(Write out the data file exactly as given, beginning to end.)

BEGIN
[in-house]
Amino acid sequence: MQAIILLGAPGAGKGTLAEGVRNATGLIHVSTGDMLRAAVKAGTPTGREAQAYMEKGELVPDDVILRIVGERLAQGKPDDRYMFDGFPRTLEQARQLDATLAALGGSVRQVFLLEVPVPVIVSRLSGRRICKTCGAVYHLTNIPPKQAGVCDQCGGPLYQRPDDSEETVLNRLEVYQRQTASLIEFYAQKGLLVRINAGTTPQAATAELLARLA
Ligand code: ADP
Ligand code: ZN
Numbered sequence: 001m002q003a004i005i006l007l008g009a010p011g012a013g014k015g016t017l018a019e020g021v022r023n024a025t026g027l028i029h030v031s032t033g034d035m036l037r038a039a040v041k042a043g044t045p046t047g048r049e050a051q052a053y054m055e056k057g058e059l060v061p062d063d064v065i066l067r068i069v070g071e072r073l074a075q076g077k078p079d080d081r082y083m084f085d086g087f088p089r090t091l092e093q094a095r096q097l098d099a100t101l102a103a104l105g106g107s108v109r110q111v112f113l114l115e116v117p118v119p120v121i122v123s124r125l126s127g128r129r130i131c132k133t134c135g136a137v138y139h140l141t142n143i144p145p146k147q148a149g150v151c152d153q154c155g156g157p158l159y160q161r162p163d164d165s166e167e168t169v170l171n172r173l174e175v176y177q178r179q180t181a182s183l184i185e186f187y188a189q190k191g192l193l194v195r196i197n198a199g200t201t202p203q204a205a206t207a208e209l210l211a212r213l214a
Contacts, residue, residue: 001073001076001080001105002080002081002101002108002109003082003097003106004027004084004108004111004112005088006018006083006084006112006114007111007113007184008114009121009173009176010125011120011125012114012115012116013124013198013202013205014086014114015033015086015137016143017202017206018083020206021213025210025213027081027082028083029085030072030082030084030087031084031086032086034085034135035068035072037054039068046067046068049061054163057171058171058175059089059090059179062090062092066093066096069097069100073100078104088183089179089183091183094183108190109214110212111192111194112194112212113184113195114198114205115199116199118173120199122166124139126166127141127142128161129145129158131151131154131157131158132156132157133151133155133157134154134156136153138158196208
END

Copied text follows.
[in-house]
Amino acid sequence: MQAIILLGAPGAGKGTLAEGVRNATGLIHVSTGDMLRAAVKAGTPTGREAQAYMEKGELVPDDVILRIVGERLAQGKPDDRYMFDGFPRTLEQARQLDATLAALGGSVRQVFLLEVPVPVIVSRLSGRRICKTCGAVYHLTNIPPKQAGVCDQCGGPLYQRPDDSEETVLNRLEVYQRQTASLIEFYAQKGLLVRINAGTTPQAATAELLARLA
Ligand code: ADP
Ligand code: ZN
Numbered sequence: 001m002q003a004i005i006l007l008g009a010p011g012a013g014k015g016t017l018a019e020g021v022r023n024a025t026g027l028i029h030v031s032t033g034d035m036l037r038a039a040v041k042a043g044t045p046t047g048r049e050a051q052a053y054m055e056k057g058e059l060v061p062d063d064v065i066l067r068i069v070g071e072r073l074a075q076g077k078p079d080d081r082y083m084f085d086g087f088p089r090t091l092e093q094a095r096q097l098d099a100t101l102a103a104l105g106g107s108v109r110q111v112f113l114l115e116v117p118v119p120v121i122v123s124r125l126s127g128r129r130i131c132k133t134c135g136a137v138y139h140l141t142n143i144p145p146k147q148a149g150v151c152d153q154c155g156g157p158l159y160q161r162p163d164d165s166e167e168t169v170l171n172r173l174e175v176y177q178r179q180t181a182s183l184i185e186f187y188a189q190k191g192l193l194v195r196i197n198a199g200t201t202p203q204a205a206t207a208e209l210l211a212r213l214a
Contacts, residue, residue: 001073001076001080001105002080002081002101002108002109003082003097003106004027004084004108004111004112005088006018006083006084006112006114007111007113007184008114009121009173009176010125011120011125012114012115012116013124013198013202013205014086014114015033015086015137016143017202017206018083020206021213025210025213027081027082028083029085030072030082030084030087031084031086032086034085034135035068035072037054039068046067046068049061054163057171058171058175059089059090059179062090062092066093066096069097069100073100078104088183089179089183091183094183108190109214110212111192111194112194112212113184113195114198114205115199116199118173120199122166124139126166127141127142128161129145129158131151131154131157131158132156132157133151133155133157134154134156136153138158196208